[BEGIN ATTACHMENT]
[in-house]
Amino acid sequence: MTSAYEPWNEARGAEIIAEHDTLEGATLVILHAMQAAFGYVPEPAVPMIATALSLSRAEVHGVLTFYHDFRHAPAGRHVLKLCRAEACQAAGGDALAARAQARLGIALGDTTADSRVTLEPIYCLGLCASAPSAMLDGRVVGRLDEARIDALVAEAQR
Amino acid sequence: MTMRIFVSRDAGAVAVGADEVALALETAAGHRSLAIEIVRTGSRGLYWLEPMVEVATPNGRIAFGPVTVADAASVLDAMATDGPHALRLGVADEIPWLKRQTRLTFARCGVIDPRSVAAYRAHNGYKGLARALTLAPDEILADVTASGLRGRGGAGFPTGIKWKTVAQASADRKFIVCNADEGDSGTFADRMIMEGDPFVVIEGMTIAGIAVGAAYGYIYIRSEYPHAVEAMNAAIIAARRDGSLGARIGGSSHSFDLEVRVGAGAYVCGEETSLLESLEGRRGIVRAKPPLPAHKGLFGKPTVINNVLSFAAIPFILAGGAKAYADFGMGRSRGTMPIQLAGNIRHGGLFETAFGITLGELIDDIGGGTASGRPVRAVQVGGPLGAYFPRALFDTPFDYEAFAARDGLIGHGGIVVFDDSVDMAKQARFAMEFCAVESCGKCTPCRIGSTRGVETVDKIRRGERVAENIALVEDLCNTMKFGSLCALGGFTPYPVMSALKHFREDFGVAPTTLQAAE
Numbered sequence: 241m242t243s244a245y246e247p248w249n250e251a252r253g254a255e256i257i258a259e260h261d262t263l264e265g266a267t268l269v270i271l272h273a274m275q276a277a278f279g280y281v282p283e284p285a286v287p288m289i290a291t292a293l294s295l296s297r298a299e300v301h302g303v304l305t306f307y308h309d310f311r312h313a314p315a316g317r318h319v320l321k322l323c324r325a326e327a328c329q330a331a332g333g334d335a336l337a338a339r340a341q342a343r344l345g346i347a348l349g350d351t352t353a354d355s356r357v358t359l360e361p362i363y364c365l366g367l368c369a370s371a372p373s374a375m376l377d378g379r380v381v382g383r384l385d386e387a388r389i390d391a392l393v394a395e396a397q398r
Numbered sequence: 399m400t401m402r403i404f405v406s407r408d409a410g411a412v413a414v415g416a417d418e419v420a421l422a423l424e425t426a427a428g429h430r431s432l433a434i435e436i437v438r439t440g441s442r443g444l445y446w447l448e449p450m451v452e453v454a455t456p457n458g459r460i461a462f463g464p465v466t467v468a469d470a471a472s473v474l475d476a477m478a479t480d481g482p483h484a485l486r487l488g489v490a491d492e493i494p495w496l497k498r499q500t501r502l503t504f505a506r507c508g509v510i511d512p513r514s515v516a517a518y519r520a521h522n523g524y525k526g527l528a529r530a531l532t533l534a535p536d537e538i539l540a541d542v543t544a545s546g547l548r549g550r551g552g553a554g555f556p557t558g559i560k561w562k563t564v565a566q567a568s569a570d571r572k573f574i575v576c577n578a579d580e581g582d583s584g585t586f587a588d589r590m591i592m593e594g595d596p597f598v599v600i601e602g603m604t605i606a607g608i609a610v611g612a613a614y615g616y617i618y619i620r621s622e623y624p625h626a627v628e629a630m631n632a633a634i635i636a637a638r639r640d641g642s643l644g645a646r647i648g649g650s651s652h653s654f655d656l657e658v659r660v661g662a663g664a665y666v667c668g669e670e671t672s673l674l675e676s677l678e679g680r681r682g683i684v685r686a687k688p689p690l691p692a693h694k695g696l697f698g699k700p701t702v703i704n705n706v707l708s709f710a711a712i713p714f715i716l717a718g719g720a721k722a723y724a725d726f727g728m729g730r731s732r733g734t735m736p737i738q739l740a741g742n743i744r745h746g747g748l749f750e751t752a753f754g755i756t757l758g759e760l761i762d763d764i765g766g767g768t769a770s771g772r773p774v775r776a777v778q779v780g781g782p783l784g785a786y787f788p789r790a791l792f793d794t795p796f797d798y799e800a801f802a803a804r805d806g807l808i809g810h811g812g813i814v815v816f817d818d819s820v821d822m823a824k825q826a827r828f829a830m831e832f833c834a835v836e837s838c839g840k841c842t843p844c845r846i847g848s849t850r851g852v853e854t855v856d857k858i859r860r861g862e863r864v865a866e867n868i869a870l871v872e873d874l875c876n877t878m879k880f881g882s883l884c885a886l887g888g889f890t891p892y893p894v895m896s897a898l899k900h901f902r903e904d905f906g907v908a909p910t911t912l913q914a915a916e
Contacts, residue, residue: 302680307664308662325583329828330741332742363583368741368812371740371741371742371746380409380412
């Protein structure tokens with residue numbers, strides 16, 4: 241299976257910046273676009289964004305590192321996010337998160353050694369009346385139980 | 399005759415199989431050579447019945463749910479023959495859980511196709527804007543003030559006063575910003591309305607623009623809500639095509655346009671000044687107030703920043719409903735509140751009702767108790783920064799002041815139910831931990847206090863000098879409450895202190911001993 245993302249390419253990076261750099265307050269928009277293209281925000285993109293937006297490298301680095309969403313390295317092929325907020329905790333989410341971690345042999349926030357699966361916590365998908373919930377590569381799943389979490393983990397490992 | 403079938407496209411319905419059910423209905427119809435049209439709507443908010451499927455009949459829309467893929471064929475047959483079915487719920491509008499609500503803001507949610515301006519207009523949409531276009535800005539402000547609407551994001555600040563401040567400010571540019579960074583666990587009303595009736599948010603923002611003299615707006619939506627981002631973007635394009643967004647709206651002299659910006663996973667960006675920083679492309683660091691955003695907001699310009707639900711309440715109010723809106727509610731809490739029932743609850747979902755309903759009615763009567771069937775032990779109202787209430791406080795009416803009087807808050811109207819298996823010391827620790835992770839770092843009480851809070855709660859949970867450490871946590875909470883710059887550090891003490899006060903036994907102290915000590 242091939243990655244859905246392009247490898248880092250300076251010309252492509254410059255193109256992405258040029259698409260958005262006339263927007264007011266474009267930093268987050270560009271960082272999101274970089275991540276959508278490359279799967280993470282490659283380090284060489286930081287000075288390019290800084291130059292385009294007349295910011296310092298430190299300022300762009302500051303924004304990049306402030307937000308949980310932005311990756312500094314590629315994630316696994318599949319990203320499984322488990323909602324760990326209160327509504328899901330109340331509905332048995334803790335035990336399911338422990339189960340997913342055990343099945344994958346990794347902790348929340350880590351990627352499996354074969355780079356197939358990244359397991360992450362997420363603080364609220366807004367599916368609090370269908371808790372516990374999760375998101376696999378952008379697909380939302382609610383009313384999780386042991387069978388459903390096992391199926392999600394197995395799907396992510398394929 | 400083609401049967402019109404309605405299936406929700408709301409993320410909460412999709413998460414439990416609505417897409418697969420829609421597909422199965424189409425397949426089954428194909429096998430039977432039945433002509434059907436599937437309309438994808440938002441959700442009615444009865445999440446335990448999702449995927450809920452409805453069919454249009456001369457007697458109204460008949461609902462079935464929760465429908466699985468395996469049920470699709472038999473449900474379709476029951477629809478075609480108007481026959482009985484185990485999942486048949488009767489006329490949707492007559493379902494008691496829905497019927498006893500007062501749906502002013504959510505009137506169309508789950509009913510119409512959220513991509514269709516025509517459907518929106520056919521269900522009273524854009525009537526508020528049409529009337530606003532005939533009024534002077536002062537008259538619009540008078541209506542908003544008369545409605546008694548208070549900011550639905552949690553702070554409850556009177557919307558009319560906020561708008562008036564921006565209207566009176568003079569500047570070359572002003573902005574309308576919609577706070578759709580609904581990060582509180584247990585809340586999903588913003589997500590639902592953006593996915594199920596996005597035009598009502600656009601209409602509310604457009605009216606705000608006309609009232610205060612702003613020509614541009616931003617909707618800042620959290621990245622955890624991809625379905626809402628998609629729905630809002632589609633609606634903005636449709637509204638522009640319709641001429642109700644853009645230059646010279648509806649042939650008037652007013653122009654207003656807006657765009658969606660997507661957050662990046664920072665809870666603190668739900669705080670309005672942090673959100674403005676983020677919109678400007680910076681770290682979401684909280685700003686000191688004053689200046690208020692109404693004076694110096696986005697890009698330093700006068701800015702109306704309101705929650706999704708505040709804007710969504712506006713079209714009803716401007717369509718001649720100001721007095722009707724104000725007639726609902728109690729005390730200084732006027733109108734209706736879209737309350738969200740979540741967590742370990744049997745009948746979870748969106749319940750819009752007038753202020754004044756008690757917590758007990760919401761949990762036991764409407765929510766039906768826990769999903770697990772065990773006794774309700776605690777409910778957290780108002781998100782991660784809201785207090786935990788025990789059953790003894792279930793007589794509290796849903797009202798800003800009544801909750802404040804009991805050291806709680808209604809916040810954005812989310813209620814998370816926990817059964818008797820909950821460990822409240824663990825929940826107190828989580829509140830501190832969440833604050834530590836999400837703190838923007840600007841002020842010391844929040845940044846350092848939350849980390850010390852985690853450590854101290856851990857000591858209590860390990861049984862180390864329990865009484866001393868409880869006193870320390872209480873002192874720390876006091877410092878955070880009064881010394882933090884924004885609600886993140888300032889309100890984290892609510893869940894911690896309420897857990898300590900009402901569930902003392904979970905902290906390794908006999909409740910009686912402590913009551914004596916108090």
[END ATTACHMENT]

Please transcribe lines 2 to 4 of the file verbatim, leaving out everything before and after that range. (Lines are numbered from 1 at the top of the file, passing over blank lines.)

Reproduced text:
Amino acid sequence: MTSAYEPWNEARGAEIIAEHDTLEGATLVILHAMQAAFGYVPEPAVPMIATALSLSRAEVHGVLTFYHDFRHAPAGRHVLKLCRAEACQAAGGDALAARAQARLGIALGDTTADSRVTLEPIYCLGLCASAPSAMLDGRVVGRLDEARIDALVAEAQR
Amino acid sequence: MTMRIFVSRDAGAVAVGADEVALALETAAGHRSLAIEIVRTGSRGLYWLEPMVEVATPNGRIAFGPVTVADAASVLDAMATDGPHALRLGVADEIPWLKRQTRLTFARCGVIDPRSVAAYRAHNGYKGLARALTLAPDEILADVTASGLRGRGGAGFPTGIKWKTVAQASADRKFIVCNADEGDSGTFADRMIMEGDPFVVIEGMTIAGIAVGAAYGYIYIRSEYPHAVEAMNAAIIAARRDGSLGARIGGSSHSFDLEVRVGAGAYVCGEETSLLESLEGRRGIVRAKPPLPAHKGLFGKPTVINNVLSFAAIPFILAGGAKAYADFGMGRSRGTMPIQLAGNIRHGGLFETAFGITLGELIDDIGGGTASGRPVRAVQVGGPLGAYFPRALFDTPFDYEAFAARDGLIGHGGIVVFDDSVDMAKQARFAMEFCAVESCGKCTPCRIGSTRGVETVDKIRRGERVAENIALVEDLCNTMKFGSLCALGGFTPYPVMSALKHFREDFGVAPTTLQAAE
Numbered sequence: 241m242t243s244a245y246e247p248w249n250e251a252r253g254a255e256i257i258a259e260h261d262t263l264e265g266a267t268l269v270i271l272h273a274m275q276a277a278f279g280y281v282p283e284p285a286v287p288m289i290a291t292a293l294s295l296s297r298a299e300v301h302g303v304l305t306f307y308h309d310f311r312h313a314p315a316g317r318h319v320l321k322l323c324r325a326e327a328c329q330a331a332g333g334d335a336l337a338a339r340a341q342a343r344l345g346i347a348l349g350d351t352t353a354d355s356r357v358t359l360e361p362i363y364c365l366g367l368c369a370s371a372p373s374a375m376l377d378g379r380v381v382g383r384l385d386e387a388r389i390d391a392l393v394a395e396a397q398r